The Write Stuff
COVID-19 Is Infecting Our Language
By Alan Crawford,
Now that Donald Trump admits COVID-19 is a real problem, he is calling himself a “wartime president.” It’s an “all-out military operation,” the president says, and his use of military metaphors to talk about this effort was probably inevitable. That’s because everyone else in politics and the media has been using such language to describe the situation for weeks. Doctors and nurses are “on the front lines.” We’re “deploying” resources to “fight this enemy.” Central Park has been turned into a “field hospital.” And on and on and on.
This is not the first time these metaphors have been applied to an illness. Way back in the late 17th Century, about the time of the Great Plague of London, a British physician named Thomas Sydenham wrote of “a murderous array of disease [that has to be fought against] and the battle is not a battle for the sluggard.” In 1918 — when the country really was at war — the Spanish flu was called an “invasion” that was “as dangerous as gas shells.” President Richard Nixon in 1971 declared “war” on cancer, that “relentless and insidious enemy.” People with cancer routinely “battle” it, and those who lose the battle are described as having fought “courageously” against it.
There are so many problems with the application of military language to diseases that you hardly know where to start. Natasha Wiggins noted in the British Medical Journal in 2012 that if cancer, for example, is described in these terms, to die of it can be stigmatized as a kind of failure. One cancer survivor, writing to the Independent and quoted by Wiggins, pointed out that a victim “did not lose the fight any more than I won it because I’m still alive.”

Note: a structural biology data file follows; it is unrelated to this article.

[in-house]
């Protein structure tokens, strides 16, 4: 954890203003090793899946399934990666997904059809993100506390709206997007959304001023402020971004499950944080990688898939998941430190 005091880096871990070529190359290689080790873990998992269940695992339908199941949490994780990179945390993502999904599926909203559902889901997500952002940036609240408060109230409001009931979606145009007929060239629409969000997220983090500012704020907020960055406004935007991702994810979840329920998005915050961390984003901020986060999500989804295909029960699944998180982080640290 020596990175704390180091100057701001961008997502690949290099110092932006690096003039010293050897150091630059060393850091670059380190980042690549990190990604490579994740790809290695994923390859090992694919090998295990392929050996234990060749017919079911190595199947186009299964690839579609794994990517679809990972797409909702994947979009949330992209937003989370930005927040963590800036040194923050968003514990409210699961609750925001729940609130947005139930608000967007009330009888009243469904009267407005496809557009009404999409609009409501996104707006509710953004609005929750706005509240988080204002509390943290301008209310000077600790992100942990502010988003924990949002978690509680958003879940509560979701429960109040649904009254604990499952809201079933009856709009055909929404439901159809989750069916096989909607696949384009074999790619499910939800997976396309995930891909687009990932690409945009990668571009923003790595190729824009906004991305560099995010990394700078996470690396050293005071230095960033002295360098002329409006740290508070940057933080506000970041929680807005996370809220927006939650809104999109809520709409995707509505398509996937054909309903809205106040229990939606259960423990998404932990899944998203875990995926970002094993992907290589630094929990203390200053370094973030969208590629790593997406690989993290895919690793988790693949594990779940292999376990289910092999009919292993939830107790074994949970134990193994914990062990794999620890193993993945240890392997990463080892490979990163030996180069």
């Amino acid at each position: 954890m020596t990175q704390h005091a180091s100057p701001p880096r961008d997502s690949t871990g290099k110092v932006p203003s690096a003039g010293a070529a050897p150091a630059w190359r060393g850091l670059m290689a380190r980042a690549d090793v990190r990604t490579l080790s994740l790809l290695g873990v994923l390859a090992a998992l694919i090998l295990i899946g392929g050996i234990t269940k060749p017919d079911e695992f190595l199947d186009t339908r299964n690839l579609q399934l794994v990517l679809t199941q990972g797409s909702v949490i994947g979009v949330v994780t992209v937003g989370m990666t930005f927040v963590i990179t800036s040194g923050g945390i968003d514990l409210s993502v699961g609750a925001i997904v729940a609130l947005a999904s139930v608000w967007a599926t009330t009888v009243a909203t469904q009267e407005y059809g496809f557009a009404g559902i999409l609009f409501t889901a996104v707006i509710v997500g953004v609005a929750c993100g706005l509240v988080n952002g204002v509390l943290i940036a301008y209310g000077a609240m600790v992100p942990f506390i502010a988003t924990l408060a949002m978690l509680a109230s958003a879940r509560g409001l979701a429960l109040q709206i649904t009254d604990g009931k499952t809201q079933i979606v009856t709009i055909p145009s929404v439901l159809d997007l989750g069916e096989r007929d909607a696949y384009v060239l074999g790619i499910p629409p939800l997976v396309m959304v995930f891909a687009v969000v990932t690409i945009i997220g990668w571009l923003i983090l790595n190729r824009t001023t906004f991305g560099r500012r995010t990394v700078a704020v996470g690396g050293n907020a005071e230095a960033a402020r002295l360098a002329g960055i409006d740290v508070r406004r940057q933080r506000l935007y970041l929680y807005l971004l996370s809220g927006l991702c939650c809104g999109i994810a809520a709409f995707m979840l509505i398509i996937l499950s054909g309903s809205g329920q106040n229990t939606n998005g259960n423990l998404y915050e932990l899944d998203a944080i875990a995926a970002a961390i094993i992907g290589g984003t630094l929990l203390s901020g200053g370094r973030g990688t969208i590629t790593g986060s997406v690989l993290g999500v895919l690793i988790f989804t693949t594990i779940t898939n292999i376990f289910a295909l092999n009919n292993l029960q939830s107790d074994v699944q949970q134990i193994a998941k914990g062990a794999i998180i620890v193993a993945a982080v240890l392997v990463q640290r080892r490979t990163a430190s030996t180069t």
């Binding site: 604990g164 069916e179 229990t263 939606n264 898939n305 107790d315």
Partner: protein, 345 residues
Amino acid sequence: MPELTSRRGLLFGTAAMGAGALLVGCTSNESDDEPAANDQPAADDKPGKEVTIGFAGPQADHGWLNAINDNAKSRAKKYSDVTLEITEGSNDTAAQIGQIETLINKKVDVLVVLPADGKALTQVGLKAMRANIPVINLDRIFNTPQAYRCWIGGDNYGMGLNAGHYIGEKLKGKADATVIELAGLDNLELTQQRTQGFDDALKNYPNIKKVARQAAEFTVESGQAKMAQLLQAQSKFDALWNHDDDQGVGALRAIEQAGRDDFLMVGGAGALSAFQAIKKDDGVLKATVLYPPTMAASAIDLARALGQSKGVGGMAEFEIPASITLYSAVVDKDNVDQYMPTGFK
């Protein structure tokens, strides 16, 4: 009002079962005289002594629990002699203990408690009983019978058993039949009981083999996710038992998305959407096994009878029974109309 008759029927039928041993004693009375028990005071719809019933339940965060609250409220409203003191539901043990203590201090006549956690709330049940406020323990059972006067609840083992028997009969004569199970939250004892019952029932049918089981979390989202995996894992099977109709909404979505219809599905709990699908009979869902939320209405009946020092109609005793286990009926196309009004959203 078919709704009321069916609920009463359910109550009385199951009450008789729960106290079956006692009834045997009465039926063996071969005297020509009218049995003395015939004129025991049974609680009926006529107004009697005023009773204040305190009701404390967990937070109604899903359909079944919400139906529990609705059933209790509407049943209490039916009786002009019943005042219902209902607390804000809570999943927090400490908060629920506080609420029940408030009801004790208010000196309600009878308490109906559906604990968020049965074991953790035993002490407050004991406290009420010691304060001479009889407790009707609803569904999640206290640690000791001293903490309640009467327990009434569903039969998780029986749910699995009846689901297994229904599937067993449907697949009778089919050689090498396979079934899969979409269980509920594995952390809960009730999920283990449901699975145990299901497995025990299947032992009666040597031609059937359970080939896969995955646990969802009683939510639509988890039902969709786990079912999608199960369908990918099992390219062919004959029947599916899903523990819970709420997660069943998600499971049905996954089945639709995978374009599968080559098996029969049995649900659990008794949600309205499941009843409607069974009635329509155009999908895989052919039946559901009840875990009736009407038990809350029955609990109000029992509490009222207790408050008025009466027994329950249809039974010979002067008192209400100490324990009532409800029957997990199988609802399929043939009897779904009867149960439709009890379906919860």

The use of metaphor serves a purpose, in writing and talking about diseases, Wiggins goes on, “because it enables communication of complex theories to an audience with little scientific knowledge.” But it should be deployed carefully by people with almost no relevant scientific knowledge. That means most of us.
Another reason to avoid using this kind of language when writing and speaking of situations that don’t in fact involve warfare is that it encourages thinking of these situations as forms of warfare. The political discourse right now is lousy with these metaphors, and in a time of social polarization only ramps up already-worrisome tensions. (Neither party in Congress should ever invoke the “nuclear option.”)
Setting aside some of the more substantive problems with this practice, here’s a tactical one. When military language is so routinely employed when it is inappropriate, it loses its rhetorical power. It’s simply overdone. Use metaphors if they serve your purpose, but try using fresh ones. They’ve got more punch.
Here are a couple of examples of more original — and therefore more effective — metaphors applied to disease:
“The infection begins with a brushfire in the immune system.” — Gina Kilata in the New York Times, discussing AIDS, 1992.
“Physical ills are the taxes laid upon this wretched life; some are taxed higher, and some lower, but all pay something.” — Lord Chesterfield, Letters to His Son, 1757.
Annoying Word of the Month: Epicenter. Technically, an epicenter is that piece of terra firma directly above the focus of an earthquake. It’s a seismological term and, in other uses, is a metaphor. Epi, apparently, means “over,” “above” or “outside.” Like epidermis, for skin.
But who among the countless thousands of journalists and politicians who keep referring to the “epicenter” of this pandemic knows that? Can any of them explain why epicenter is better than center? I’d doubt it. People say epicenter because it sounds more scientific than center, or just because they hear everybody saying epicenter and don’t want to sound like they’re not in the know. They’re saying it, in other words, without thinking about it, and that’s no way to communicate with precision. This pandemic is spreading into other areas of our lives, not least in the way we write and speak. And that we really can control.